Clinical trials are research studies that use human volunteers to determine whether a medical strategy, treatment, or device is safe for people to use. Clinical trials aim to increase medical knowledge about disease treatment, diagnosis, and prevention through research. Clinical trials on humans are the final stage of the research process.
Although a doctor is usually at the forefront of each clinical study, a clinical trial’s research team may include nurses, scientists, data experts, social workers, and other healthcare professionals. Clinical trials are commonly conducted at hospitals, medical centers, and universities. Some clinical trials last days, while others continue for years.
How do clinical trials work?
Clinical trials consist of four phases:
In Phase I, researchers test a drug or treatment on a small group of 20-80 people for the first time. During this phase, the safety of a drug is studied, and any potential side effects are identified.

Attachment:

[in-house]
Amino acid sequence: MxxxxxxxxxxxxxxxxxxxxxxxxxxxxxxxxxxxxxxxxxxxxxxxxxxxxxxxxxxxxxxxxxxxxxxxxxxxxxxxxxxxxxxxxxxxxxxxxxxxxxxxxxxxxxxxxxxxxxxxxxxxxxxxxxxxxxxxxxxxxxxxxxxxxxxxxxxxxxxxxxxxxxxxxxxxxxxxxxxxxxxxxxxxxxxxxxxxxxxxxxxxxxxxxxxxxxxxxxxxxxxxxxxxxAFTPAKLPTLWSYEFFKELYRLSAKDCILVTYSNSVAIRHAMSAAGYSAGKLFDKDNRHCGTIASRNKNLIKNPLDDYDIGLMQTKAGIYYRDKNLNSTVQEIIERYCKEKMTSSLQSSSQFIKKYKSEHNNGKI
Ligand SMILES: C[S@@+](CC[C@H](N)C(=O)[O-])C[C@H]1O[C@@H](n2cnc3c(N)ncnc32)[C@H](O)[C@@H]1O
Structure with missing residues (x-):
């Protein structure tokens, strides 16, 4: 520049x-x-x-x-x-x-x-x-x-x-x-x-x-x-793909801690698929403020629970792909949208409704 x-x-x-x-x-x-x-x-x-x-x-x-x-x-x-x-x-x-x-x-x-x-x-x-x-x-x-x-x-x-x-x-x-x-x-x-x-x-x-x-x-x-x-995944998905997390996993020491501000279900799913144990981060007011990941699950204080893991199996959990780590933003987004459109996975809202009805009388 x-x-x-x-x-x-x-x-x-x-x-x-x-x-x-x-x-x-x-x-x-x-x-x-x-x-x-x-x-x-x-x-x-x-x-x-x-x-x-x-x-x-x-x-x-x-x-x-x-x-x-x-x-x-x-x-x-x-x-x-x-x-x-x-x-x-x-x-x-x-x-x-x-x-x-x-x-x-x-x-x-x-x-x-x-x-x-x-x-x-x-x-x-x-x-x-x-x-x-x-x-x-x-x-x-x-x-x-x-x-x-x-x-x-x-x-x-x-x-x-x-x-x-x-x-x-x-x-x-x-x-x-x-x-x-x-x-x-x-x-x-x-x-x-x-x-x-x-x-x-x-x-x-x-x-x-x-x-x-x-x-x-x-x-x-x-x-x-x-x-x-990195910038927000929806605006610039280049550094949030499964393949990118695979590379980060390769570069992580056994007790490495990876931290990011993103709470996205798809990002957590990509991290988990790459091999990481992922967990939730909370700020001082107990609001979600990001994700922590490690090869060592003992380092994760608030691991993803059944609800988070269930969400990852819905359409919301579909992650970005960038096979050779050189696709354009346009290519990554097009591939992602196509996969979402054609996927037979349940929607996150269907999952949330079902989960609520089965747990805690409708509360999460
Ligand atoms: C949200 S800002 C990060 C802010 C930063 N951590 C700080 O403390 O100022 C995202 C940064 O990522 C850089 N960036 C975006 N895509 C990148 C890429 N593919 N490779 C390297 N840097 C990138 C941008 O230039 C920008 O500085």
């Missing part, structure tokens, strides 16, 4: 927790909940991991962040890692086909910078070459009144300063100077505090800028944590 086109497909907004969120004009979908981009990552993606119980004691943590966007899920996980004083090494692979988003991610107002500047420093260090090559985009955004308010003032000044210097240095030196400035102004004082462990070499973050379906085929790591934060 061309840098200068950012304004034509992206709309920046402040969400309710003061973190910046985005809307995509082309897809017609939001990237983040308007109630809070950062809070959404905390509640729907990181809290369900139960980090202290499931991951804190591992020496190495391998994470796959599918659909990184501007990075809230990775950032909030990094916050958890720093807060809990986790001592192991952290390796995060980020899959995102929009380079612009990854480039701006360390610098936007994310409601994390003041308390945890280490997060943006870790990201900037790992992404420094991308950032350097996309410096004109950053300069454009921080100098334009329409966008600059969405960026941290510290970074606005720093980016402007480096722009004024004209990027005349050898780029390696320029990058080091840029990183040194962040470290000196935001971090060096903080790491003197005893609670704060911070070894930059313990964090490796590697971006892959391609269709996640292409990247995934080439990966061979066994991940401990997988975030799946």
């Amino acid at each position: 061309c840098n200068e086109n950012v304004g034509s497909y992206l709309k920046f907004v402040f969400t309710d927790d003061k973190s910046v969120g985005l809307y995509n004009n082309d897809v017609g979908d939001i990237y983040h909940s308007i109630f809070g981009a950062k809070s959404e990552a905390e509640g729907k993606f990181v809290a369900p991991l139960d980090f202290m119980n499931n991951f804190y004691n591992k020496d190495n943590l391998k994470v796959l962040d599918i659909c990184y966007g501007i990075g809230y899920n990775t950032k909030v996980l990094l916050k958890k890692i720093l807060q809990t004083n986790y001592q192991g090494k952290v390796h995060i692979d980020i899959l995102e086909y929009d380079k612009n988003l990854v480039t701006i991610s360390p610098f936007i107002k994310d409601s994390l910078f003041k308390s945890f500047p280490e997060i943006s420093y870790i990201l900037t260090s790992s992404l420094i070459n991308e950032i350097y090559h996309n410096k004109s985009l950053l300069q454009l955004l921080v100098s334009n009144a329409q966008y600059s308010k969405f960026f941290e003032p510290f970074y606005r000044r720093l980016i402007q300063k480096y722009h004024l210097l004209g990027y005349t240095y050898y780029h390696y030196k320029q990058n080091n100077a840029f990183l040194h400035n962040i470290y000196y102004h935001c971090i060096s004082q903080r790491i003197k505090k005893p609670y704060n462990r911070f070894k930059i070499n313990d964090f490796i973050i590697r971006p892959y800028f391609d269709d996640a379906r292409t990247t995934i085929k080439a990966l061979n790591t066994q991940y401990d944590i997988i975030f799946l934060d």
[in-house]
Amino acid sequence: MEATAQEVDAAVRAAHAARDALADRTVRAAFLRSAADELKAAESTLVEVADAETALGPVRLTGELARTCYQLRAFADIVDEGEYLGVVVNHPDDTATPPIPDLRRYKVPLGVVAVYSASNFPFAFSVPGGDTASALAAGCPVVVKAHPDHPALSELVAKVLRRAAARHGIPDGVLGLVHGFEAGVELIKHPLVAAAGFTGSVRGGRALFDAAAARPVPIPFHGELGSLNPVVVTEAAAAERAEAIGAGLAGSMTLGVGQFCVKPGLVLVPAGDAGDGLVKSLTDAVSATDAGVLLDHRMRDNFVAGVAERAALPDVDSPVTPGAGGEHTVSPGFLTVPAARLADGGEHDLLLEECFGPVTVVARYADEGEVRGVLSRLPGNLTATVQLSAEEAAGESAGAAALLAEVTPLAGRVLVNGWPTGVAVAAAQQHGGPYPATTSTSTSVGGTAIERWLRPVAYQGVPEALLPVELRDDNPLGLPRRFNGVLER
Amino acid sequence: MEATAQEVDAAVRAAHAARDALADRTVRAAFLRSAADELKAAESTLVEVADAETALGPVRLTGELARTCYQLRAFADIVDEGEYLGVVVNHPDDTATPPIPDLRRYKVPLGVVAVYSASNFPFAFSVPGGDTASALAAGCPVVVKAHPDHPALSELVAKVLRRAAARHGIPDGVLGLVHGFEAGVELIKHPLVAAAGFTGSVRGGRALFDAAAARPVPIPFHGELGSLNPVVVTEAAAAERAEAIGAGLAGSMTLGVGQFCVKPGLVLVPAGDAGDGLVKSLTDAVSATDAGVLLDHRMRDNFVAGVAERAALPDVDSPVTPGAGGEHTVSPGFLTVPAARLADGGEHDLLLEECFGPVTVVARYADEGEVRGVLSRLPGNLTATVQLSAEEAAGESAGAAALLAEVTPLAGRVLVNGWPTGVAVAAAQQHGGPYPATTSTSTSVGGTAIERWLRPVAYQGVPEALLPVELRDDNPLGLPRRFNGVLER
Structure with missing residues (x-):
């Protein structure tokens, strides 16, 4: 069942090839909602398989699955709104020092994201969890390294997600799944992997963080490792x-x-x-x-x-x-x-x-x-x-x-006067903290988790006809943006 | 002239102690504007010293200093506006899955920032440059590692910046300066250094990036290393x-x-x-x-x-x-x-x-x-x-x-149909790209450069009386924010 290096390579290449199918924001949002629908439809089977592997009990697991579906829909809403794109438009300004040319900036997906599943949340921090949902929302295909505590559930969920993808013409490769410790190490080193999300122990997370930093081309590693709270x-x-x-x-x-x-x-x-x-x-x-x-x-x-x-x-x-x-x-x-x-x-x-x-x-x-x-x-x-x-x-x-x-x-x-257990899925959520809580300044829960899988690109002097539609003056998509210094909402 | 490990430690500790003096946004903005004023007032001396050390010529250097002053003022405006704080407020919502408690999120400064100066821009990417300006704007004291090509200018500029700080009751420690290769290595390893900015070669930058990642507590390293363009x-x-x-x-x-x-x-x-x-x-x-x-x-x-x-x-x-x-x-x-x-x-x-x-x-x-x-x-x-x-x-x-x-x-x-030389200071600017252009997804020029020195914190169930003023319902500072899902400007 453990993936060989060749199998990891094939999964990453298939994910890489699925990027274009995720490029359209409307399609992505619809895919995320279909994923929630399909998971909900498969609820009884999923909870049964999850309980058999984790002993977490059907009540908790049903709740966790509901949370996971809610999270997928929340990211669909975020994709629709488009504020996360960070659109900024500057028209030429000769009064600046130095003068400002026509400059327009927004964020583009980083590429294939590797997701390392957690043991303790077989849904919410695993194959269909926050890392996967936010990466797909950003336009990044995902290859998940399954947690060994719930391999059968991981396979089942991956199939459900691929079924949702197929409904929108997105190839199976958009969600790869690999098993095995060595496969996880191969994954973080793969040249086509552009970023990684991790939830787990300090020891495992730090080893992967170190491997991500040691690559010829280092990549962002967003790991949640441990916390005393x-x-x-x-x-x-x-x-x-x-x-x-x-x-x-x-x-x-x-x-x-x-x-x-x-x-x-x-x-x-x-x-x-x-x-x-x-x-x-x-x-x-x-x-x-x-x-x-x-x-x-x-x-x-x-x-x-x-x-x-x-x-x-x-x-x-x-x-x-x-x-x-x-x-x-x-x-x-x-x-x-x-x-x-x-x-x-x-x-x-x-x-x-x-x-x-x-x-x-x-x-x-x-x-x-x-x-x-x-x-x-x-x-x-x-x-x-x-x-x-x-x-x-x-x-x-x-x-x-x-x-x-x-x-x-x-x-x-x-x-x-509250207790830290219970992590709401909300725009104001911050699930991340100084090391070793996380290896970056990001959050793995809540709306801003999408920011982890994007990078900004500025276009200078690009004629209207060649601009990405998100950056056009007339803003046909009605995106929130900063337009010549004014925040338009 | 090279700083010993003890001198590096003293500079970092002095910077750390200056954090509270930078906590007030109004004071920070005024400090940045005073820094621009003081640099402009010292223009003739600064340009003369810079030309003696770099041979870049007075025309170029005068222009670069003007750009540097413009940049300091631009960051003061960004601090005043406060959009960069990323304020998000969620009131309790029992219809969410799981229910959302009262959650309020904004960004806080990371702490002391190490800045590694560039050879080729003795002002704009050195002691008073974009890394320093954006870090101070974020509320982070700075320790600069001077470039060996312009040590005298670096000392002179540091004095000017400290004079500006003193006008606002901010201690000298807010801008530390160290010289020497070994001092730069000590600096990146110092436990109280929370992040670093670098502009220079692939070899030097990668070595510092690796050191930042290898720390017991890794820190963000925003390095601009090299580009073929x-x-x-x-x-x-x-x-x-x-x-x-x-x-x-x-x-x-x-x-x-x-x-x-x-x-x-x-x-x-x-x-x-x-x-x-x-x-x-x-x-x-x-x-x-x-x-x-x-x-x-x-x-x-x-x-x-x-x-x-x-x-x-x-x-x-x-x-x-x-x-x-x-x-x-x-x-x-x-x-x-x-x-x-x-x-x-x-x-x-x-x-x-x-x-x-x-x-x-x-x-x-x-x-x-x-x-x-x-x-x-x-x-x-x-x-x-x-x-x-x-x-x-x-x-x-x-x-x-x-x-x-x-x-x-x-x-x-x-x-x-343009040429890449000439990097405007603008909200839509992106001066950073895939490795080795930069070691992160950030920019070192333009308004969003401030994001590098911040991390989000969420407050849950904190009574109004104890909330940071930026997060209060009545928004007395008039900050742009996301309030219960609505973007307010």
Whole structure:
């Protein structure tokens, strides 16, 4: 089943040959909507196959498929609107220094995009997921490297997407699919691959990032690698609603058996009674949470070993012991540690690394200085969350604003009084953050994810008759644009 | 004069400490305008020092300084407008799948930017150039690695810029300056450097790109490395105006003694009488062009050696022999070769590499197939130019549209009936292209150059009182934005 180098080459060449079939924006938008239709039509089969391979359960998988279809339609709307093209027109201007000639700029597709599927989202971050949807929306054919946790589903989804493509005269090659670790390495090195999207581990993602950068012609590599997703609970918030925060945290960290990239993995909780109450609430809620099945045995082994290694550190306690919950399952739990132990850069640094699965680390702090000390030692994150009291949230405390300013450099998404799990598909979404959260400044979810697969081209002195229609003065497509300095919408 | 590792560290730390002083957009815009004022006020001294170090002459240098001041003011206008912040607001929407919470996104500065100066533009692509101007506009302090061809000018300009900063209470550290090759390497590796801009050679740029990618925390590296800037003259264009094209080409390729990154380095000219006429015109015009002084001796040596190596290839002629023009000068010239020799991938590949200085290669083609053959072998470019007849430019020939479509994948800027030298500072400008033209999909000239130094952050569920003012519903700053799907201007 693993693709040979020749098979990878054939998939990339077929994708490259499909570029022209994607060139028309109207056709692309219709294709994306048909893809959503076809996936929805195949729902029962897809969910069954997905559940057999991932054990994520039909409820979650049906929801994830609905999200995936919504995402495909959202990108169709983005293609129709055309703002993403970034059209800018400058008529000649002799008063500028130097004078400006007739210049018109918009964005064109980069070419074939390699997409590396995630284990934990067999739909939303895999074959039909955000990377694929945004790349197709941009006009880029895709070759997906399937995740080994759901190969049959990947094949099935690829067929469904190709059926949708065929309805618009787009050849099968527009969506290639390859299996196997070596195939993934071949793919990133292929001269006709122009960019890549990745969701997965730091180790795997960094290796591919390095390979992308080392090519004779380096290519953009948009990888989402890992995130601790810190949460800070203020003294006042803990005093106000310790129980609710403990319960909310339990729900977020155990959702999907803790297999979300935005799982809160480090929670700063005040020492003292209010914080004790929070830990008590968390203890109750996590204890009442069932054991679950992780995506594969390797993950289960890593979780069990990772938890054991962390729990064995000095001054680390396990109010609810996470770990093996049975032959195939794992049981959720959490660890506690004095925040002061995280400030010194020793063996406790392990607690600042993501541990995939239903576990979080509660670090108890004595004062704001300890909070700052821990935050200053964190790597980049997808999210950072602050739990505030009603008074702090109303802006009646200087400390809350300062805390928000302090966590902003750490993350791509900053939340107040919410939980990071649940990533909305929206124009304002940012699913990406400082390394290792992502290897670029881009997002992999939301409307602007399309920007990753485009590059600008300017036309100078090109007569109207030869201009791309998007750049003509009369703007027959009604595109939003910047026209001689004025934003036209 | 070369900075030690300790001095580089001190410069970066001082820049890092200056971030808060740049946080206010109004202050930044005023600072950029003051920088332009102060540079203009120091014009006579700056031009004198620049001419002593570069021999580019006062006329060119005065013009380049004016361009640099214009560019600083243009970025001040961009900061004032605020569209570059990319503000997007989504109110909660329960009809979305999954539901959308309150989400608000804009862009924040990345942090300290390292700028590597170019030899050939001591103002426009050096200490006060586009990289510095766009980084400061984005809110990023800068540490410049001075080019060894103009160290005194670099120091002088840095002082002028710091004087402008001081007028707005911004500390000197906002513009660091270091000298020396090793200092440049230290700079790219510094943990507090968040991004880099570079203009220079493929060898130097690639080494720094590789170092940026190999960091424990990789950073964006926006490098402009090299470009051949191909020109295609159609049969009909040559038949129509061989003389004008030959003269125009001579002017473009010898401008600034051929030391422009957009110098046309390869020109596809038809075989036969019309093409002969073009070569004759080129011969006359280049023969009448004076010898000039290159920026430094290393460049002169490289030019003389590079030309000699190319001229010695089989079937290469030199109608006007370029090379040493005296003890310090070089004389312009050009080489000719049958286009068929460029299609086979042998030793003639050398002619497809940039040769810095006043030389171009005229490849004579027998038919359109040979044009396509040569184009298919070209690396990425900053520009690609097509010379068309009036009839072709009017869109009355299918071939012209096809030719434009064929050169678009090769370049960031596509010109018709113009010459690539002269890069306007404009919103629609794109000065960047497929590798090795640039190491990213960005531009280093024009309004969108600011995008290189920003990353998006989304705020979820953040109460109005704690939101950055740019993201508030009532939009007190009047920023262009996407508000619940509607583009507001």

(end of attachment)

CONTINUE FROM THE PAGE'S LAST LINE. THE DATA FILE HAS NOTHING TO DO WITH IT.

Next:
Phase I may take several months to complete. Approximately 70% of drugs studied during Phase I move on to Phase II.
In Phase II, a larger group of 100-300 people receive a drug or treatment to determine its effectiveness and safety further.
Phase II may last several months to two years. Approximately 33% of drugs studied during Phase II move on to Phase III.
In Phase III, a drug or treatment is given to large groups of 1,000-3,000 people to confirm its effectiveness, monitor side effects, and compare it with similar treatments. Information that allows the new drug or treatment to be used safely is